The following is a selection by our editors of significant weekly developments in Syria. Depending on events, each issue will include anywhere from four to eight briefs. This series is produced in both Arabic and English in partnership between Salon Syria and Jadaliyya. Suggestions and blurbs may be sent to email@example.com.
Ramadan Under Bombardment
27 May 2019
Near the Turkish-Syrian border, numerous families have made their new homes amid olive fields, erecting their own tents using colored sheets tied to the trees. During the month of Ramadan, these people rely on scarce aid or simple meals they prepare on primitive stoves.
Mona (31) says as she keeps her children beside her while preparing the food, “The day only ends with great difficulty. We are spending Ramadan here against our will.”
“We used to sit under the grape orchard in our house. It was a nice place. Water and electricity were available. We were living in grace,” she said sadly remembering the previous Ramadan.
“What a difference between where we were and what we have become!” she added.
In this Ramadan evening, Mona barely managed to fry some potatoes for her children along with three dishes of yogurt and cucumber, hoping this would satisfy their hunger.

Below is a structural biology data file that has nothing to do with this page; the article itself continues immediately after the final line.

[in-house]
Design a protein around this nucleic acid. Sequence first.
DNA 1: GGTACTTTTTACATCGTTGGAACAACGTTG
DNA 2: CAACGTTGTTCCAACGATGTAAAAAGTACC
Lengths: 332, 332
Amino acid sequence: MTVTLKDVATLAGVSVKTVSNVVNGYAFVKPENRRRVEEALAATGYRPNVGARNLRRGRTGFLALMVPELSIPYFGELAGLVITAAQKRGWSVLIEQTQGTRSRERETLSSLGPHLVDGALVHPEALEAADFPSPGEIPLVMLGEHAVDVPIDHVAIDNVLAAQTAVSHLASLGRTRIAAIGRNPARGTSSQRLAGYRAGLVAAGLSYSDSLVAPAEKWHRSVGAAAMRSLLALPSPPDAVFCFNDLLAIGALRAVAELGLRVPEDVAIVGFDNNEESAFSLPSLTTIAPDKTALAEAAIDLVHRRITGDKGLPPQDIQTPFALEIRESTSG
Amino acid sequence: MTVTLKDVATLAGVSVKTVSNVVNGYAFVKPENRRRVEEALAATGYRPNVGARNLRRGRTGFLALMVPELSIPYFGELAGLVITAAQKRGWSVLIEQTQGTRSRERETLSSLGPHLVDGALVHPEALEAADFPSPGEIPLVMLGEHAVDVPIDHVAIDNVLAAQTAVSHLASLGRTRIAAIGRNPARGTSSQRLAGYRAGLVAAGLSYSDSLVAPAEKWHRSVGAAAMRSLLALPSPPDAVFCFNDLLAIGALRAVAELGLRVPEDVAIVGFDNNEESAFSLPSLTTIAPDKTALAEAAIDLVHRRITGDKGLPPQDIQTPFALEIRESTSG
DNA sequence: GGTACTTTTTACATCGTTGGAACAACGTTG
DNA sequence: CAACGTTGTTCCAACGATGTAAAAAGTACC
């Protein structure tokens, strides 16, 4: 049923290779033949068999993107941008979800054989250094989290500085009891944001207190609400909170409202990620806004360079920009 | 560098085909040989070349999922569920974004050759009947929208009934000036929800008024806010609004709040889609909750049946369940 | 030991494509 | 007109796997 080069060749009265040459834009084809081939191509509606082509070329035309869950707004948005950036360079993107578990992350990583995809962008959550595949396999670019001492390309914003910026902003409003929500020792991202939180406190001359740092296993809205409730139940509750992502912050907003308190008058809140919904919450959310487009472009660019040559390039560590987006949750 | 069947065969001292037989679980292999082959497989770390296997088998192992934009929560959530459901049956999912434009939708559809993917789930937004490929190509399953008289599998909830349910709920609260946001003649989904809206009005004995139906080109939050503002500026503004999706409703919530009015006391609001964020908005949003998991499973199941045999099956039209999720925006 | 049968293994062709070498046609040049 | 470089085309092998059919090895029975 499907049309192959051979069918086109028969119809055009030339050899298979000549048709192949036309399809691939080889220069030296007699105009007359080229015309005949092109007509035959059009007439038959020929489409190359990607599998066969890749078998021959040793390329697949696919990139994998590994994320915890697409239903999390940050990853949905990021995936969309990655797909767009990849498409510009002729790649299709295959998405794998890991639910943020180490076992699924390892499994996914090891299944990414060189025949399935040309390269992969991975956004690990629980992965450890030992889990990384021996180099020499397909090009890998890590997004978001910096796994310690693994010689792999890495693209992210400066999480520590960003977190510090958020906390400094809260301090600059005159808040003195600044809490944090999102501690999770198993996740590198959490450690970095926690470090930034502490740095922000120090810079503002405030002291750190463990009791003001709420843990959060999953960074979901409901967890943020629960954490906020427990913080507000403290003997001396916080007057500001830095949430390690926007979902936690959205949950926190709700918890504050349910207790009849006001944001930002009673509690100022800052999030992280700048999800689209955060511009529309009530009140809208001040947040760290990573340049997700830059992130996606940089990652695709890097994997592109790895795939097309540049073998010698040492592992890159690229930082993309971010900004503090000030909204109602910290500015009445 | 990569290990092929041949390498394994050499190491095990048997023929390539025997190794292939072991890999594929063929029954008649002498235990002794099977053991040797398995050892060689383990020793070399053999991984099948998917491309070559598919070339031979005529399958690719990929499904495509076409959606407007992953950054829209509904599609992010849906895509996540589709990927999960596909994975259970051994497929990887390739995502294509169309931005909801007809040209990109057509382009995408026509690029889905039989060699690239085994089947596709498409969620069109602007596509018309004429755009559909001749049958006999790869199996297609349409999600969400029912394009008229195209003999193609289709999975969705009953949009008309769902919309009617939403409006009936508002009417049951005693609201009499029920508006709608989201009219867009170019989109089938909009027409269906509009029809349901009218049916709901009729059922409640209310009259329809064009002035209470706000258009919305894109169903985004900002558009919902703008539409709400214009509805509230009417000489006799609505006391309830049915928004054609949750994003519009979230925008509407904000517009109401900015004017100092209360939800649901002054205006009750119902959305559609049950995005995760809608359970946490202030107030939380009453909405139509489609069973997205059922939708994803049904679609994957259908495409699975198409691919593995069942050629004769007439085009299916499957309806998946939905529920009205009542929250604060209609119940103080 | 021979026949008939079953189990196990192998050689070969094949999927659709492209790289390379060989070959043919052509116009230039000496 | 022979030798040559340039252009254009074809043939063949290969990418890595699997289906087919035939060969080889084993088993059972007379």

Mona, who left her home more than twenty-one days ago in the northern countryside of Hama, said: “Sometimes, there isn’t enough food. Today, I just fried potatoes.” She added that the aid is scarce and mainly made up of rice and chicken, and that four days have passed without her family receiving anything at all.
Since late April, more than two hundred thousand people have been displaced from their homes in the southern countryside of Idlib and northern countryside of Hama, according to the United Nations. They fled violent bombardment by government forces and their ally Russia, in addition to fierce clashes between Tahrir al-Sham, which controls Idlib governorate and surrounding areas, and government forces.